Posted by News Express | 21 January 2022 | 797 times
• We need a leader capable of solving our problems – Atiku
• Don’t leave politics for politicians alone, Sultan urges Nigerians
• We don’t need an ethnic president in 2023, says NEF
Nigeria’s former Head of State, Gen. Abdulsalami Abubakar (rtd), has warned that the soaring hardship in the country might result into another nationwide conflagration, worse than the 2020 #EndSARS protests against police brutality.
He cautioned the Federal Government against increasing pump price of fuel, saying a rise in petrol price now will push more Nigerians deeper into poverty.
Abdusalami, who ruled Nigeria between 1998 and 1999, said this, yesterday, at the 19th Daily Trust Dialogue with the theme: ‘2023: The Politics, Economy and Security.’
While noting that the past three months had seen an improvement in economic growth rates and inflation, Abdulsalami, however, said the impact of these numbers on the lives and wellbeing of the ordinary Nigerian is suspect.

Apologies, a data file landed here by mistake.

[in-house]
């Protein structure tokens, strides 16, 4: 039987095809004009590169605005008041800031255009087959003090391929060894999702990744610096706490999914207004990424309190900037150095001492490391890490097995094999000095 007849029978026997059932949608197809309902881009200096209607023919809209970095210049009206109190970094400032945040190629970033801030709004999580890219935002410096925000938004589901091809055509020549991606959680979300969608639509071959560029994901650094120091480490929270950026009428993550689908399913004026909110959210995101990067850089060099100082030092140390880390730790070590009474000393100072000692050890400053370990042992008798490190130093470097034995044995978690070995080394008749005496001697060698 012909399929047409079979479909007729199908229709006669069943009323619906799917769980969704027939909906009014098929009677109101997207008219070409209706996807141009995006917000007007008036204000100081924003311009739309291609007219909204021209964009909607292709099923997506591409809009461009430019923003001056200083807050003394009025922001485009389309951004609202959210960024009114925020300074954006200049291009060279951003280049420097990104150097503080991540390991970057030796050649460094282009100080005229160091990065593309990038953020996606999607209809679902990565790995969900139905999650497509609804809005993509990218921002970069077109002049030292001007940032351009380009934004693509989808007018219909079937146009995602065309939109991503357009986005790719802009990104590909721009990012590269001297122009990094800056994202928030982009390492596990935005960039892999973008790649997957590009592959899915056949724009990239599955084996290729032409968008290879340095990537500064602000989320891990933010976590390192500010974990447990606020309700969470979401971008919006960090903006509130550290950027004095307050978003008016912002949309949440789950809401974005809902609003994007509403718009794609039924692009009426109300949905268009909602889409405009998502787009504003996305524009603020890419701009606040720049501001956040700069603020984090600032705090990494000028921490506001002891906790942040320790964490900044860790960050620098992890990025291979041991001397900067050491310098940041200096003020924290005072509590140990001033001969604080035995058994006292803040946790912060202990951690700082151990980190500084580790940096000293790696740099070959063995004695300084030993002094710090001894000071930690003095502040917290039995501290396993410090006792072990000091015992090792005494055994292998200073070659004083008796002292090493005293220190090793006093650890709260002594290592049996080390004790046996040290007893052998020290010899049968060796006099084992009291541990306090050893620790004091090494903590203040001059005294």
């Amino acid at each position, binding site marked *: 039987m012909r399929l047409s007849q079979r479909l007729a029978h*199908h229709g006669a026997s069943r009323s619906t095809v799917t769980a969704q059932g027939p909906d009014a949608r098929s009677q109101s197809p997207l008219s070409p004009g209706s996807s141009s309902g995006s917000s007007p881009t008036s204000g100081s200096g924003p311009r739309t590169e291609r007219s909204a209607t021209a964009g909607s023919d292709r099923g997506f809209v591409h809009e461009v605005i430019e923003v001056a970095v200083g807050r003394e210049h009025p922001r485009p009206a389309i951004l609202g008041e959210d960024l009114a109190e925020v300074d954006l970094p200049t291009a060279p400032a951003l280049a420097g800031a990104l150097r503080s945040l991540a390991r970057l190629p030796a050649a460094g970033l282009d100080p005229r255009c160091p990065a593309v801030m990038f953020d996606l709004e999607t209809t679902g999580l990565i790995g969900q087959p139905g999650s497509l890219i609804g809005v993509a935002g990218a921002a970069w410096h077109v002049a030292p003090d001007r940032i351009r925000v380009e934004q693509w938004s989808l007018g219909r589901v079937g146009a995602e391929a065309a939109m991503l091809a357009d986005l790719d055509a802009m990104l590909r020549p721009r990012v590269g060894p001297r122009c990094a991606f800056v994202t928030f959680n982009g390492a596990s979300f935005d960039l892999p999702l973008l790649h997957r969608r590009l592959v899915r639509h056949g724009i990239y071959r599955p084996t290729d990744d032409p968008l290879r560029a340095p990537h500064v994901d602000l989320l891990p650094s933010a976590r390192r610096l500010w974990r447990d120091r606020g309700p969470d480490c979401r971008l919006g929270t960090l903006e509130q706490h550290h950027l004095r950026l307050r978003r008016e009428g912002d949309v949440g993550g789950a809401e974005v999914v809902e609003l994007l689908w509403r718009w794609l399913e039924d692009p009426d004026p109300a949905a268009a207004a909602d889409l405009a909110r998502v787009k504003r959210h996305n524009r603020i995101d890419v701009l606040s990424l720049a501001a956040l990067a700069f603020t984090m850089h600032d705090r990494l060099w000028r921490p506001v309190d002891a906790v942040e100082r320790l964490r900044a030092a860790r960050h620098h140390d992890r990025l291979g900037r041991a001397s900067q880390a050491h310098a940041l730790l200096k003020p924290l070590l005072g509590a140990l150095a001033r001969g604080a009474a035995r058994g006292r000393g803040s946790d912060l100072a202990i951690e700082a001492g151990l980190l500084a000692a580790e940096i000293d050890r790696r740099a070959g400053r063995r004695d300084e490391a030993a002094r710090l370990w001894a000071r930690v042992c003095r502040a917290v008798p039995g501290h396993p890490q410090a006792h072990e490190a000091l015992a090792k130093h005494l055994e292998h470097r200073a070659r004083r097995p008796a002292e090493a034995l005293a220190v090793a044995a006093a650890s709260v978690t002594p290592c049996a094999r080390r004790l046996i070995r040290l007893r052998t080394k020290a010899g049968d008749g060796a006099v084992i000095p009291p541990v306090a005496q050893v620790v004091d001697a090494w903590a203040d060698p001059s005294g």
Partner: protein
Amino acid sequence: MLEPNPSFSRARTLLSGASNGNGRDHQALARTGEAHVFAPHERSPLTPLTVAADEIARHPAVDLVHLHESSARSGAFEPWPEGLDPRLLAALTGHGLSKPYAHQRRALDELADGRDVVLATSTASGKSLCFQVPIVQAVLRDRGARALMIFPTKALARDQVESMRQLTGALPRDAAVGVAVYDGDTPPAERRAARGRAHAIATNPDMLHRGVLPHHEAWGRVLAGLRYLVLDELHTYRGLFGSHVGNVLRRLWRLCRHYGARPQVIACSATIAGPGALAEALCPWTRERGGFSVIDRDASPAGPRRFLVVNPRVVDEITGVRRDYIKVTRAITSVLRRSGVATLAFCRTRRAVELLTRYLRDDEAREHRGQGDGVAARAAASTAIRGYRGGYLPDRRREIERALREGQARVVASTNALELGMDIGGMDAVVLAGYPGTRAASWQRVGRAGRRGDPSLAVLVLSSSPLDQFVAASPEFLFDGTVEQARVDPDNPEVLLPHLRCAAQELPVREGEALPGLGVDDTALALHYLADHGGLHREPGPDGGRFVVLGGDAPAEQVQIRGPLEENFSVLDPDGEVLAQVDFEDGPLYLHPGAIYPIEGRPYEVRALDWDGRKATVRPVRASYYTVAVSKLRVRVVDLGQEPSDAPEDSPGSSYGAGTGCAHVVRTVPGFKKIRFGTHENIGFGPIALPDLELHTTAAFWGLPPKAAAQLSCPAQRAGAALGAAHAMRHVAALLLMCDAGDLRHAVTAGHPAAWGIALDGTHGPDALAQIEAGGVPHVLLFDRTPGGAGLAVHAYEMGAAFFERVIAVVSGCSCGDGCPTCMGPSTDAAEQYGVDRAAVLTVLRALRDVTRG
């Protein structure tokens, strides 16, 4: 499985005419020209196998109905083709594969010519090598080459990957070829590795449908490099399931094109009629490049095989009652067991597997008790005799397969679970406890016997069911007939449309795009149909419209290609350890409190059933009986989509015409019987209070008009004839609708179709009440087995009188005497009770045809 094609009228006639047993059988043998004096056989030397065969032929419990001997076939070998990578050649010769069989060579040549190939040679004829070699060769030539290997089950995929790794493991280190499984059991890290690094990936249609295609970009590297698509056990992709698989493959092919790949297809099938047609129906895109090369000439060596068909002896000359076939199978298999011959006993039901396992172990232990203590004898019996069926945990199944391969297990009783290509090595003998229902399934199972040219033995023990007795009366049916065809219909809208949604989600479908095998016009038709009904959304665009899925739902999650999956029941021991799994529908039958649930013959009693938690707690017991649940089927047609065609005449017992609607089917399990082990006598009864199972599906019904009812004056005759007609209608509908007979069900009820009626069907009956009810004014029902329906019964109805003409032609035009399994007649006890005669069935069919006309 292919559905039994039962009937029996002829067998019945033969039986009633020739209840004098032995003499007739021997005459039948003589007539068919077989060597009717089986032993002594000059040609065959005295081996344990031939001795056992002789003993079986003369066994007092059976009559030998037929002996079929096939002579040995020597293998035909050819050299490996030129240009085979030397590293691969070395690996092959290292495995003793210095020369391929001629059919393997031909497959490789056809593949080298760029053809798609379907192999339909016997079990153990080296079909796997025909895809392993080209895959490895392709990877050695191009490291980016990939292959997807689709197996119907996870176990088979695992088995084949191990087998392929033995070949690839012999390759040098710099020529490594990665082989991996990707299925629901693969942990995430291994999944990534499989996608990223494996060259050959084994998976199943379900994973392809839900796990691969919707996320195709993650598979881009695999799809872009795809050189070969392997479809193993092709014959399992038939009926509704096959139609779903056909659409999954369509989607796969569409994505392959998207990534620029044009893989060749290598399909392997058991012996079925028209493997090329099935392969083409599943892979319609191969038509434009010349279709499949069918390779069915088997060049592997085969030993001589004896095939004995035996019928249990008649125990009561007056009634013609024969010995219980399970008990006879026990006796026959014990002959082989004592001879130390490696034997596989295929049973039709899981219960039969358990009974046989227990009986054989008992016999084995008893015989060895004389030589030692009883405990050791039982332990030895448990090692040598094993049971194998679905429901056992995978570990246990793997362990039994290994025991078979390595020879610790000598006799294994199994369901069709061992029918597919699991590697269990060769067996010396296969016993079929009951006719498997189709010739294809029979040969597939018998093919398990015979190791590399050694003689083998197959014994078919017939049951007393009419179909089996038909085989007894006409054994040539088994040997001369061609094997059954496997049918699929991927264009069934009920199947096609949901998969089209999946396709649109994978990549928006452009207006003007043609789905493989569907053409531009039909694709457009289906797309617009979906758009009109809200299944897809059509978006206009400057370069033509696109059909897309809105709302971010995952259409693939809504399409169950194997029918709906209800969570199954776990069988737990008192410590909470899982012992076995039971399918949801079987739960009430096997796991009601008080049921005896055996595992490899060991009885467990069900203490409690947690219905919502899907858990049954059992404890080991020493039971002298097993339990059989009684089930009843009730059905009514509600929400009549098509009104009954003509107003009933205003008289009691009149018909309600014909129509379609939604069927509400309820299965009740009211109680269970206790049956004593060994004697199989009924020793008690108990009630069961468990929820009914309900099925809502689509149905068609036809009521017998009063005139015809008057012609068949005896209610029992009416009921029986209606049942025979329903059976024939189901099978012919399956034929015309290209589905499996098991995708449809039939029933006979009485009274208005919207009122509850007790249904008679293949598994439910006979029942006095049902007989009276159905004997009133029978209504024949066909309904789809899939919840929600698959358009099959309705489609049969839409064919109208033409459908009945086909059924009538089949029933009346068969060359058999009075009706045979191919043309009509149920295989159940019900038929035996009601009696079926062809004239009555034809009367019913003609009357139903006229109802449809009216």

He said unemployment and underemployment remain at record levels, adding that over 80 million Nigerians are still caught up in needless poverty.
He said: “All of these tend to have negative effects on security. In fact, Nigeria now faces a food security crisis that is compounded by COVID-19 pandemic and banditry in many states in northern Nigeria.
“These have disrupted the fragile value chains across the country and negatively impacted the ability of Nigerians to produce, process and distribute food. The result is a continuing rise in prices of food items beyond the reach of many families.